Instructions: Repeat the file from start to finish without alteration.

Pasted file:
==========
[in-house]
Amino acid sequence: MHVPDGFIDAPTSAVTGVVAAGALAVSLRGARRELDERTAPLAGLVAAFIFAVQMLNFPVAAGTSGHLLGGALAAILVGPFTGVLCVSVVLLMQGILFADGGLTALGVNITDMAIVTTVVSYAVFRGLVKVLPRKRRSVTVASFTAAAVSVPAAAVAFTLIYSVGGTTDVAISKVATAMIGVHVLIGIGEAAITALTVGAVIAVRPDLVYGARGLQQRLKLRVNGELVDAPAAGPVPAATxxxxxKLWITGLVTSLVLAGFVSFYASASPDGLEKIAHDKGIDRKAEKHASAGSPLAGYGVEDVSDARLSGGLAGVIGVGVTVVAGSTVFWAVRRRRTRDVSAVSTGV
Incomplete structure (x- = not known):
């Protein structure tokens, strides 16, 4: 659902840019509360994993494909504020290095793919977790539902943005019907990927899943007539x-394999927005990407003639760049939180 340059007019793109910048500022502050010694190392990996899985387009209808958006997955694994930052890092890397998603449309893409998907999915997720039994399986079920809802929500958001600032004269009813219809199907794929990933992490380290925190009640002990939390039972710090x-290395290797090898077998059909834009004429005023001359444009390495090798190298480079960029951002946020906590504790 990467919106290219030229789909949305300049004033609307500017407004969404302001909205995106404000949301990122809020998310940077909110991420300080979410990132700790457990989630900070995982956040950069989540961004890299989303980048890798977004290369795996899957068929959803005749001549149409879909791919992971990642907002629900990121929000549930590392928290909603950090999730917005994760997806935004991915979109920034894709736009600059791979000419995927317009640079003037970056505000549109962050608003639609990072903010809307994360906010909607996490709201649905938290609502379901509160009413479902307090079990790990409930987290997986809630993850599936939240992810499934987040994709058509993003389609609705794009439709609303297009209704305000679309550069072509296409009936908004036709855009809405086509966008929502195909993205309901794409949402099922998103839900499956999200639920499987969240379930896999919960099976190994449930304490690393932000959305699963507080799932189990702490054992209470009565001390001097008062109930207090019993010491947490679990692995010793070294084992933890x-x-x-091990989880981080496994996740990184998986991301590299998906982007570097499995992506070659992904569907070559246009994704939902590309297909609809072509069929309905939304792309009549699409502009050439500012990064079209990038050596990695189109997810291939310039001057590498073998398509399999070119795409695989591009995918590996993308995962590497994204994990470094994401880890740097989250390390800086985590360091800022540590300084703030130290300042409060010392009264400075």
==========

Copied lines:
[in-house]
Amino acid sequence: MHVPDGFIDAPTSAVTGVVAAGALAVSLRGARRELDERTAPLAGLVAAFIFAVQMLNFPVAAGTSGHLLGGALAAILVGPFTGVLCVSVVLLMQGILFADGGLTALGVNITDMAIVTTVVSYAVFRGLVKVLPRKRRSVTVASFTAAAVSVPAAAVAFTLIYSVGGTTDVAISKVATAMIGVHVLIGIGEAAITALTVGAVIAVRPDLVYGARGLQQRLKLRVNGELVDAPAAGPVPAATxxxxxKLWITGLVTSLVLAGFVSFYASASPDGLEKIAHDKGIDRKAEKHASAGSPLAGYGVEDVSDARLSGGLAGVIGVGVTVVAGSTVFWAVRRRRTRDVSAVSTGV
Incomplete structure (x- = not known):
């Protein structure tokens, strides 16, 4: 659902840019509360994993494909504020290095793919977790539902943005019907990927899943007539x-394999927005990407003639760049939180 340059007019793109910048500022502050010694190392990996899985387009209808958006997955694994930052890092890397998603449309893409998907999915997720039994399986079920809802929500958001600032004269009813219809199907794929990933992490380290925190009640002990939390039972710090x-290395290797090898077998059909834009004429005023001359444009390495090798190298480079960029951002946020906590504790 990467919106290219030229789909949305300049004033609307500017407004969404302001909205995106404000949301990122809020998310940077909110991420300080979410990132700790457990989630900070995982956040950069989540961004890299989303980048890798977004290369795996899957068929959803005749001549149409879909791919992971990642907002629900990121929000549930590392928290909603950090999730917005994760997806935004991915979109920034894709736009600059791979000419995927317009640079003037970056505000549109962050608003639609990072903010809307994360906010909607996490709201649905938290609502379901509160009413479902307090079990790990409930987290997986809630993850599936939240992810499934987040994709058509993003389609609705794009439709609303297009209704305000679309550069072509296409009936908004036709855009809405086509966008929502195909993205309901794409949402099922998103839900499956999200639920499987969240379930896999919960099976190994449930304490690393932000959305699963507080799932189990702490054992209470009565001390001097008062109930207090019993010491947490679990692995010793070294084992933890x-x-x-091990989880981080496994996740990184998986991301590299998906982007570097499995992506070659992904569907070559246009994704939902590309297909609809072509069929309905939304792309009549699409502009050439500012990064079209990038050596990695189109997810291939310039001057590498073998398509399999070119795409695989591009995918590996993308995962590497994204994990470094994401880890740097989250390390800086985590360091800022540590300084703030130290300042409060010392009264400075």